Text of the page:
Ukrainian mother flees Kyiv with her children, leaves husband, parents behind: Start Here

Nina Sideleva is featured on an episode of ABC News podcast 'Start Here'

March 16, 2022, 6:03 AM

Nearly three weeks after Russia's invasion of Ukraine began, more than 3 million Ukrainians have been forced to flee their homes seeking safety. And while the number of refugees who have left the country has risen at a staggering rate, many others, like Nina Sideleva, have sought safety in the Western part of Ukraine.

Sideleva is a mother of two from Kyiv, who said before Russian troops crossed the border into Ukraine, she was just like anyone else.

PHOTO: Nina Sideleva pictured with her children and her parents.
Nina Sideleva pictured with her children and her parents.
Nina Sideleva

"I had a family, I have kids, I went to my job," she told ABC News' Start Here podcast, with her brother Alex Sidelev aiding in translation. "We lived a regular life with our plans, with our dreams for the future."

Like many Ukrainians, Sideleva said she didn't believe the reality of war would come so close to her family's home. But on Feb. 25, when she saw so many others in the capital city fleeing their homes for bomb shelters, it began to feel real.

Initially, she hoped to stay in Kyiv with her children, her husband, and her parents. But in the early days of the Russian invasion, one of the blasts killed Sideleva's former boss. His death left Sideleva no choice.

"I need to leave my parents and save my kids," she said.

PHOTO: Nina Sideleva pictured with her older brother Alex Sidelev, who is a structural engineer in New York City.
Nina Sideleva pictured with her older brother Alex Sidelev, who is a structural engineer in New York City.
Nina Sideleva

All Ukrainian men of fighting age are now required to stay in the country, so Sideleva's husband decided to remain in Kyiv to keep her parents safe. Through tears, Sideleva described what could be her final goodbye to her husband.

"I promised that we are going to see each other soon," she said at the time.

"But she thinks that she doesn't know anymore," Sidelev said, describing how the horrors of the ongoing war have shaken his sister's vow.

Sideleva's escape took her and her sons on a lengthy train trip, arriving first in Lviv, and later traveling to Vyzhnytsia, a smaller town near the Romanian border. And while she was greeted by an astonishing number of people prepared to provide help to people arriving from cities farther east, Sideleva said she struggles with accepting that assistance.

"It is difficult to think that she needs help because she feels that she can care about herself," her brother told ABC News. "But it needs to have settled in her mind that it's she needs help and people are helping her out while she wants to have everything back to normal."

Now, staying with people she knows in Vyzhnytsia, Sideleva feels safe, but knows that feeling could vanish as quickly as it did in Kyiv.

PHOTO: Firefighters extinguish a fire in an apartment building in Kyiv, Ukraine, March 15, 2022.
Firefighters extinguish a fire in an apartment building in Kyiv, Ukraine, March 15, 2022, after strikes on residential areas resulted in fatalities, Ukraine emergency services said as Russian troops intensified their attacks on the Ukrainian capital.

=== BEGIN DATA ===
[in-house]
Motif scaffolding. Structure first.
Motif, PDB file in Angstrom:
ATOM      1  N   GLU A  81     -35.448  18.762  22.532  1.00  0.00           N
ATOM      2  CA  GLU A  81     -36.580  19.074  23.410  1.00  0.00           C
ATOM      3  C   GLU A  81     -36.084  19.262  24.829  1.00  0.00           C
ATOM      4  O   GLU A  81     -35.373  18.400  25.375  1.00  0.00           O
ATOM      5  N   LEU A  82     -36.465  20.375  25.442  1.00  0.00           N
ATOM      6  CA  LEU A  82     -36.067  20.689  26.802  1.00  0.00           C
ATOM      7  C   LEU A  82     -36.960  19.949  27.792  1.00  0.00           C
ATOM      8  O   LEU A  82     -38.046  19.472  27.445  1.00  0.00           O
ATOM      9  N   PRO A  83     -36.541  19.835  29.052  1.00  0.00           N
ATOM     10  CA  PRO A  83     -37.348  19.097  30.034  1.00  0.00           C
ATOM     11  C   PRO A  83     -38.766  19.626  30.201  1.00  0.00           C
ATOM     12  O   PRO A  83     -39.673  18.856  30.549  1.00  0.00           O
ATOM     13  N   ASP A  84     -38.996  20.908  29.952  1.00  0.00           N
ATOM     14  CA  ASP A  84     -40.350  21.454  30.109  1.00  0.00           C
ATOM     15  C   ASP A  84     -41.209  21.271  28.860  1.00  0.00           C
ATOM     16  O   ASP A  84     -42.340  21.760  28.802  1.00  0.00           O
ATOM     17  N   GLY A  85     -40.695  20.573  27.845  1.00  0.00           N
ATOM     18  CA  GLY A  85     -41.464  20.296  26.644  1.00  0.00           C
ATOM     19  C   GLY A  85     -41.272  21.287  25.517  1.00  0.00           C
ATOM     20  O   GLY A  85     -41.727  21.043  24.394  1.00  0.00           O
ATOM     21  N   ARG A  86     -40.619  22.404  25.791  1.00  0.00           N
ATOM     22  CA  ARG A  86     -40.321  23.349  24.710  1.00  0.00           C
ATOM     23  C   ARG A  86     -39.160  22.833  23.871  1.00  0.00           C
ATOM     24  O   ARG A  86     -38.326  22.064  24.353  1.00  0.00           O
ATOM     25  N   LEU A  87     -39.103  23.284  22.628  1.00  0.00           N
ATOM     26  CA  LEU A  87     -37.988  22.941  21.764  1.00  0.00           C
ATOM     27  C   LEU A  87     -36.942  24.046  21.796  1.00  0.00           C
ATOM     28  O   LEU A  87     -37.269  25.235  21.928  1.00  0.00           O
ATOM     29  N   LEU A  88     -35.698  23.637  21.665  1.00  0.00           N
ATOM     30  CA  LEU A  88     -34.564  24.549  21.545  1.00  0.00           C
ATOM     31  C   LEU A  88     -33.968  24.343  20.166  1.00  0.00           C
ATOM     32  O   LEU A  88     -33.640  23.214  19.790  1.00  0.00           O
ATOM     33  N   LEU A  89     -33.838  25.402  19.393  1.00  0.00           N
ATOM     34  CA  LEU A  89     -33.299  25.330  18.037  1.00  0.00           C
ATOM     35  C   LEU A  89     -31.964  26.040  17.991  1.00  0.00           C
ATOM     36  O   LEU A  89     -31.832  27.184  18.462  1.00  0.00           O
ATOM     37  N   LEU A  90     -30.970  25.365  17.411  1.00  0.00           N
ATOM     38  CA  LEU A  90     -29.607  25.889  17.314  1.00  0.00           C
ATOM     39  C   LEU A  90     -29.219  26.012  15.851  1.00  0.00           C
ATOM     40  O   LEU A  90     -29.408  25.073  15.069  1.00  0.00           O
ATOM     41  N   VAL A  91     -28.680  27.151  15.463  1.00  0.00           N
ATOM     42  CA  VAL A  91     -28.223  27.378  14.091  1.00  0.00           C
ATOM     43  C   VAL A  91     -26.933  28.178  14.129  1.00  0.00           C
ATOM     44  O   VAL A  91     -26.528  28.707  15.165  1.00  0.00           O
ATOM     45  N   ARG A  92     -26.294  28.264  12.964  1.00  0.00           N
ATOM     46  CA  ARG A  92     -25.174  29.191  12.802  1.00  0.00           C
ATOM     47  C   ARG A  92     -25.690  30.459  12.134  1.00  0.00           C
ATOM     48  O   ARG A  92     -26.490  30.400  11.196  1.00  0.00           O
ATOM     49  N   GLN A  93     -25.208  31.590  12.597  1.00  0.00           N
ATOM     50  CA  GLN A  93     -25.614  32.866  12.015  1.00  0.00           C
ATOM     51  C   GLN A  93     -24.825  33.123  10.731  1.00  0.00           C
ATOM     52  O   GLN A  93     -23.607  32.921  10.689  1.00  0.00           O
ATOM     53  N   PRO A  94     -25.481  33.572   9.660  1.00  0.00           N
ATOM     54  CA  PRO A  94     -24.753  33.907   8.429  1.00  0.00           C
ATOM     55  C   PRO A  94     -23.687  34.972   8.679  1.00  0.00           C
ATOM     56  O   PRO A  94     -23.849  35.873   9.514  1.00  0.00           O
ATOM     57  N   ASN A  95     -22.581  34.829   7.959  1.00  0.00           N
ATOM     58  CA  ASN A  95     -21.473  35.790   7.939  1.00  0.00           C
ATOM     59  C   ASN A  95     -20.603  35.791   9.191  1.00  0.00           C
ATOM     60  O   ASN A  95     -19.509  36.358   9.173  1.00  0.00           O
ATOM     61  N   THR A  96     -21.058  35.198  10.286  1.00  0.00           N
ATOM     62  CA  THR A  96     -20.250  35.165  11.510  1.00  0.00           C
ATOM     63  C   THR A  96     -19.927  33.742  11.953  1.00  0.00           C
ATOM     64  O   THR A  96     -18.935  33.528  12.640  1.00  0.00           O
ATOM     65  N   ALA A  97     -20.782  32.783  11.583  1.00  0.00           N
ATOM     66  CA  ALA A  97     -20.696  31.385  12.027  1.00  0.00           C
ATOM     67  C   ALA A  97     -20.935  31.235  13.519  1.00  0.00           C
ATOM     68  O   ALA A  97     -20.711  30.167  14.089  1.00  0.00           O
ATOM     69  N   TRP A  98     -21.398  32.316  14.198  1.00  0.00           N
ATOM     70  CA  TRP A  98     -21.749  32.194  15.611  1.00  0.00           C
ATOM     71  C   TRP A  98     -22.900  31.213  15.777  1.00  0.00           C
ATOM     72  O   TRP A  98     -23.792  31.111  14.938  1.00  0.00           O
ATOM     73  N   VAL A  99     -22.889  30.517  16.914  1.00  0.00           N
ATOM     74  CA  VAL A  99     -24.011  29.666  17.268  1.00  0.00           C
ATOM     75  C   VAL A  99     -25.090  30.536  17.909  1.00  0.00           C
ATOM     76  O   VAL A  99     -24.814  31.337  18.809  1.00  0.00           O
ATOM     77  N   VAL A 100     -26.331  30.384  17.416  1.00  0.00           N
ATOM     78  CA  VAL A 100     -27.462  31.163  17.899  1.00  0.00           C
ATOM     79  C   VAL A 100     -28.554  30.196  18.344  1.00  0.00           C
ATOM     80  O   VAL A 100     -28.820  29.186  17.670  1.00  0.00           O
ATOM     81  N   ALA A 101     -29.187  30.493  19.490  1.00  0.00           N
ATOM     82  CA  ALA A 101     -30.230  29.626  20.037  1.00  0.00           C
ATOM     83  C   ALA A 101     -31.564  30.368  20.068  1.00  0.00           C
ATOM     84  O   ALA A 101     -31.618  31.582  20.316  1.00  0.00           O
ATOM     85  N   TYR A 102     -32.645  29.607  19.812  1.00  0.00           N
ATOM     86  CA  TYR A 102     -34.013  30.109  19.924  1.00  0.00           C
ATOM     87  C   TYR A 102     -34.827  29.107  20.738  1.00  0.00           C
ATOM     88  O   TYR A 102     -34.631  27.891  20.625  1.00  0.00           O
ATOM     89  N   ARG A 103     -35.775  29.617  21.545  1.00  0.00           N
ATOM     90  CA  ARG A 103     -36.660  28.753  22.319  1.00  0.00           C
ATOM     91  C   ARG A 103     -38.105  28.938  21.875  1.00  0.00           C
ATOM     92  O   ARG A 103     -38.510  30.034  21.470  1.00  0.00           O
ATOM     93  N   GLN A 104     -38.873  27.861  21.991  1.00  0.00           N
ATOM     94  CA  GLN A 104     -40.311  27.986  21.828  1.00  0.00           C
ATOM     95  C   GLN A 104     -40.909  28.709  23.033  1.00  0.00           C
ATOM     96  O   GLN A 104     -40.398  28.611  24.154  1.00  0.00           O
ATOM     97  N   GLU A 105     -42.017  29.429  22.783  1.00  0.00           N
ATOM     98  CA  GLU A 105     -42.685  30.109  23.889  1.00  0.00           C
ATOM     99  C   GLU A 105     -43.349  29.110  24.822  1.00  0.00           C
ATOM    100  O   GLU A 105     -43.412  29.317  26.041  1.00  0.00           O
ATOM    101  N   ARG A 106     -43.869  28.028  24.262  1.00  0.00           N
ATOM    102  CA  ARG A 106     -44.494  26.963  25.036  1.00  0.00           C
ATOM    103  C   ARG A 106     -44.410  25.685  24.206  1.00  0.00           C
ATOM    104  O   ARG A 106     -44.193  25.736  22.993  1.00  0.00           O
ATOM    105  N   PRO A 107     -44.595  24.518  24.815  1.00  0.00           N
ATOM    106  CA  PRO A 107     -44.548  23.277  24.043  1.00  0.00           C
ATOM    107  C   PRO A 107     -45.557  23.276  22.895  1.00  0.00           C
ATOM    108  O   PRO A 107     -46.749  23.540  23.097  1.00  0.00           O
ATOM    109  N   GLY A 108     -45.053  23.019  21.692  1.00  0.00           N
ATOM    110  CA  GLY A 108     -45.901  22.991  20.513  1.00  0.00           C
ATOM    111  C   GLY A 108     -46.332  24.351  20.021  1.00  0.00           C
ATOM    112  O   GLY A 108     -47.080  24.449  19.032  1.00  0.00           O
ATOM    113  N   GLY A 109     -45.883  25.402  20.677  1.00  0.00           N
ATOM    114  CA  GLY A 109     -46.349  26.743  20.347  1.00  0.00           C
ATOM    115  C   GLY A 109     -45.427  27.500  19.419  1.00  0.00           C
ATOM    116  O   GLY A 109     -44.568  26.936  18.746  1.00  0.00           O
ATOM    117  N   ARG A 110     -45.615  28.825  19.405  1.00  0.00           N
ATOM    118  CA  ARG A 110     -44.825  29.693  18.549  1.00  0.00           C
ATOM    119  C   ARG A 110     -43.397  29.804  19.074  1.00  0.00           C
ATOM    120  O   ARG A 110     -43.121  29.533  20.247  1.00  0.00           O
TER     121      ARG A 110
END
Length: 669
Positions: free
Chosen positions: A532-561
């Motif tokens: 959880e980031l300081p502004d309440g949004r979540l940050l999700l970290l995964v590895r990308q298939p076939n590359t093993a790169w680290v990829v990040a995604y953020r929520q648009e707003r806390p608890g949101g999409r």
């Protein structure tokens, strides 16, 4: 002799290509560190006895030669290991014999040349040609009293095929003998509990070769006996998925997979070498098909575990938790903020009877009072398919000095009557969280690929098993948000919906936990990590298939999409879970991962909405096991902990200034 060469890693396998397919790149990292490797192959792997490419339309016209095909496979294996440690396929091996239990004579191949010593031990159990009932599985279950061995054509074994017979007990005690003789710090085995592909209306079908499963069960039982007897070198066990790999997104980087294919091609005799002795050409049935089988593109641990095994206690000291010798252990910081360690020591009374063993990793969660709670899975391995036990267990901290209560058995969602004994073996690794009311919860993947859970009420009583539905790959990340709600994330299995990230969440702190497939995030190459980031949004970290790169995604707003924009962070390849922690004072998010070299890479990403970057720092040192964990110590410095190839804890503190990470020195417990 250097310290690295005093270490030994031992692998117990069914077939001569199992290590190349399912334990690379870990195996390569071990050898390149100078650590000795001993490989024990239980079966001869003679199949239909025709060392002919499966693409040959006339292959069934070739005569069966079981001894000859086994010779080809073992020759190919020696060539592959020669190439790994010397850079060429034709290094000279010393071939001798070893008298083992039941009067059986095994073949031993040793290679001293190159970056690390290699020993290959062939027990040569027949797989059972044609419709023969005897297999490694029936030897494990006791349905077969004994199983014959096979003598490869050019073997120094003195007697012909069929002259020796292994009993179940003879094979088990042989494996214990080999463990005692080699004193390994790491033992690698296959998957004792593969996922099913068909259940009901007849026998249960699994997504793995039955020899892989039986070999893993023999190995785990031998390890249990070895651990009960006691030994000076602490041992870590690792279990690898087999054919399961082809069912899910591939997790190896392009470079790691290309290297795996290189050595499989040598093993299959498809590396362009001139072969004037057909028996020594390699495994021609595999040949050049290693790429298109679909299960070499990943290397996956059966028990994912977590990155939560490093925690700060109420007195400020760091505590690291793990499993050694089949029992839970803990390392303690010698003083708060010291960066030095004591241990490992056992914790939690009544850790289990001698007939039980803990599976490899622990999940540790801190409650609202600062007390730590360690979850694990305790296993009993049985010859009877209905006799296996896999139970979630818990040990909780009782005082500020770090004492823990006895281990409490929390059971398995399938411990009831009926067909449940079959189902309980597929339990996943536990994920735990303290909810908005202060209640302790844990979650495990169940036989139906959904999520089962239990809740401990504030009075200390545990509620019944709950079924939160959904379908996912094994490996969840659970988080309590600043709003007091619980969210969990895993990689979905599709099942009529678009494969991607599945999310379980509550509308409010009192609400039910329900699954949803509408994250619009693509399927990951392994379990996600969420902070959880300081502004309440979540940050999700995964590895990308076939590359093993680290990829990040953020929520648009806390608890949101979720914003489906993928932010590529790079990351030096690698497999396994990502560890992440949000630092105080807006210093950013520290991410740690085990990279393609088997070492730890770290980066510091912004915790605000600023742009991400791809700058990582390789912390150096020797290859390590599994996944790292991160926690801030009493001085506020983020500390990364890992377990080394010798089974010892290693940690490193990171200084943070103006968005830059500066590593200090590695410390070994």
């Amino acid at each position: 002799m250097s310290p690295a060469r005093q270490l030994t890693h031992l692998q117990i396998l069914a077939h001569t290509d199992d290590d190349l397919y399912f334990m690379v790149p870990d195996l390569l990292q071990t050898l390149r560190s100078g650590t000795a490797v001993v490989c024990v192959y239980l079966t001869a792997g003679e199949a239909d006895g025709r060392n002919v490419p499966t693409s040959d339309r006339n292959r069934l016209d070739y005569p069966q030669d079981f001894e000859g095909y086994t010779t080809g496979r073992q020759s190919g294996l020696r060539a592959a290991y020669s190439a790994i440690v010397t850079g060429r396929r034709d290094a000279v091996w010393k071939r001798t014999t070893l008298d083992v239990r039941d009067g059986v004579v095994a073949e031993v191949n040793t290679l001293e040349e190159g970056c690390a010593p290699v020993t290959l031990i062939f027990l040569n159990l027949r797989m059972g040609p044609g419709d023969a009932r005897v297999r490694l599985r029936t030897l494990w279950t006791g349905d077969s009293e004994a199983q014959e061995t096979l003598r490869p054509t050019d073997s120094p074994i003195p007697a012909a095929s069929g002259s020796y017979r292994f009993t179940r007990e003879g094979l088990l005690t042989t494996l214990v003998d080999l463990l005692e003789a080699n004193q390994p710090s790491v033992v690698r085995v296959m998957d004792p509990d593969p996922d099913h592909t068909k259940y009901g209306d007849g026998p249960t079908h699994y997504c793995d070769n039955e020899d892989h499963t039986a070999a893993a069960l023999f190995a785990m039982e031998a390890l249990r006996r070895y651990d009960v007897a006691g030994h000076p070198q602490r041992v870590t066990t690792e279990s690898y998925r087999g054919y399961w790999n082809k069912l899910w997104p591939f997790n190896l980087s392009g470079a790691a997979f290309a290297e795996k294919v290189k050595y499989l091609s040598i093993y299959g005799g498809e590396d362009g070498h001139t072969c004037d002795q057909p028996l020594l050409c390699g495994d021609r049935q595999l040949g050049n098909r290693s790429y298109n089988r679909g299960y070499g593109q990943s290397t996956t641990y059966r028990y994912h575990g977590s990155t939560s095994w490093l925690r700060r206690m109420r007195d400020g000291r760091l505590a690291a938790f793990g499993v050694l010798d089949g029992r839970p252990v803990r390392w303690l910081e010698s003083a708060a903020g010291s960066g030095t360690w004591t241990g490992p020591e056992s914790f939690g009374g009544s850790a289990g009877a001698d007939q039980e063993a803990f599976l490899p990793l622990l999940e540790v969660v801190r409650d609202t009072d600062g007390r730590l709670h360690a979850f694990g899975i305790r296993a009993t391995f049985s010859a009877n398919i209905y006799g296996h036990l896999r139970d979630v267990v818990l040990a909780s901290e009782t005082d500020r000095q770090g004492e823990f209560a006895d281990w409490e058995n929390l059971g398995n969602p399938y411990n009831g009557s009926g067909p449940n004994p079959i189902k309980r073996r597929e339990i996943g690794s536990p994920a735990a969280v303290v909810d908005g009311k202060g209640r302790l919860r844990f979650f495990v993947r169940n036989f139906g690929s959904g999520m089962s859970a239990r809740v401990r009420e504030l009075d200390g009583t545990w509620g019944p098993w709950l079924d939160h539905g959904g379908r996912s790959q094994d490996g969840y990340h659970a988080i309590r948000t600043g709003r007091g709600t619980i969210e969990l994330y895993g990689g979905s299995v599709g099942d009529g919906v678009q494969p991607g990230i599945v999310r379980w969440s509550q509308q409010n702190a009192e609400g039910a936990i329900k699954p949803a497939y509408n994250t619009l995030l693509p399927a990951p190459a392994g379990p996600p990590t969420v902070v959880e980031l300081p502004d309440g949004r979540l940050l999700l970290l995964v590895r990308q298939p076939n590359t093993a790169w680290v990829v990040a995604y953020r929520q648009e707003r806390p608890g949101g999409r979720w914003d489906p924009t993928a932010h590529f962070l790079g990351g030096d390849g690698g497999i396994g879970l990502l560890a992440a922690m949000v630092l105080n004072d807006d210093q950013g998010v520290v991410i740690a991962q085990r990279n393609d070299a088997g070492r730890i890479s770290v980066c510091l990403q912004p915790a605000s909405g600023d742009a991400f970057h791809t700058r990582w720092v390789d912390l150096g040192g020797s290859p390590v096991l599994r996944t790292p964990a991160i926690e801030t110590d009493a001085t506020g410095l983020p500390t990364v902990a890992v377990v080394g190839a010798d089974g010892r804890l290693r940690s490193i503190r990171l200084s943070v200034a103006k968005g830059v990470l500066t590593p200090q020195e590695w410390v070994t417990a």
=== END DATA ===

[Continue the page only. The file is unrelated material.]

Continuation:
AFP via Getty Images

Sidelev, who works as a structural engineer in New York City, said hearing his younger sister's story left him feeling desperate and powerless, and that his ultimate dream is to be with his family.

"Every time I wake up, I want to wake up from reality, I want to wake up in a world with no war in Ukraine," he said.

For now, Sideleva and her children feel safe in Vyzhnytsia, with plans to celebrate one son's tenth birthday there. While it's not how any of them wanted to celebrate, she says, it is the best place for them to be right now.

Still, she knows she must remain ready in case the terror of war approaches her current reprieve. If that does happen, Sideleva said she would want to be with her brother in the United States.

"The only family member who she knows outside of Ukraine, any country, it's only me," Sidelev said. "I'm her brother. And she says that I want to be with my brother if I need to leave the country. I want to be with my family member."

PHOTO: Nina Sideleva's children pictured in Vyzhnytsia, a small town near the Romanian border.
Nina Sideleva's children pictured in Vyzhnytsia, a small town near the Romanian border.
Nina Sideleva

The United Nations High Commissioner for Refugees confirmed on Tuesday that the number of Ukrainians who have fled to neighboring countries, including Poland, Moldova, and Romania, has surpassed 3 million. The agency estimates that the war has internally displaced an additional 2 million people.

The fog of war leaves so much of what comes next in doubt. But Sideleva said she holds out hope for her country to remain a sovereign democracy, as it has been since the fall of the Soviet Union.

"I am a Ukrainian citizen. It's my motherland. I want to be free. I don't want Russia here. I really want to be free in my motherland, I want to be in Ukraine," she said.

That is a sentiment Sidelev echoes, saying, "Ukraine is our land. We don't need any of this. We don't need to go through all of this. It means we are Ukrainian, we want to be free in Ukraine. We don't need Russian involvement."

Listen to the interview on "Start Here":

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